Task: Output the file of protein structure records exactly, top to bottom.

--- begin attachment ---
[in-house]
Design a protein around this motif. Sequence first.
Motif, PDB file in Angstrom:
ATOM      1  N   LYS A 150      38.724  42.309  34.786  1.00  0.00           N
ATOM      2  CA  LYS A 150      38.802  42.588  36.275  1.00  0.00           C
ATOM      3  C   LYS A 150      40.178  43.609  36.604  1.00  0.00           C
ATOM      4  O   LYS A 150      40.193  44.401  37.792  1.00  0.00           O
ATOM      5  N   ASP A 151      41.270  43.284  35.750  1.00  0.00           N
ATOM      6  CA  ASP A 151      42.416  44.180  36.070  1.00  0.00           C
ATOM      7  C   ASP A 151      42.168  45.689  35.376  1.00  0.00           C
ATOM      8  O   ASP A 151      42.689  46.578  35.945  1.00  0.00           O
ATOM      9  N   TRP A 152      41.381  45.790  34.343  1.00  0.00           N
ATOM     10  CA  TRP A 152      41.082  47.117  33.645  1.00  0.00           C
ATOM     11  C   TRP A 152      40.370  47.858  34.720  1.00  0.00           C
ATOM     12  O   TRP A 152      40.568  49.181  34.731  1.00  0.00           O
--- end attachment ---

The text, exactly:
[in-house]
Design a protein around this motif. Sequence first.
Motif, PDB file in Angstrom:
ATOM      1  N   LYS A 150      38.724  42.309  34.786  1.00  0.00           N
ATOM      2  CA  LYS A 150      38.802  42.588  36.275  1.00  0.00           C
ATOM      3  C   LYS A 150      40.178  43.609  36.604  1.00  0.00           C
ATOM      4  O   LYS A 150      40.193  44.401  37.792  1.00  0.00           O
ATOM      5  N   ASP A 151      41.270  43.284  35.750  1.00  0.00           N
ATOM      6  CA  ASP A 151      42.416  44.180  36.070  1.00  0.00           C
ATOM      7  C   ASP A 151      42.168  45.689  35.376  1.00  0.00           C
ATOM      8  O   ASP A 151      42.689  46.578  35.945  1.00  0.00           O
ATOM      9  N   TRP A 152      41.381  45.790  34.343  1.00  0.00           N
ATOM     10  CA  TRP A 152      41.082  47.117  33.645  1.00  0.00           C
ATOM     11  C   TRP A 152      40.370  47.858  34.720  1.00  0.00           C
ATOM     12  O   TRP A 152      40.568  49.181  34.731  1.00  0.00           O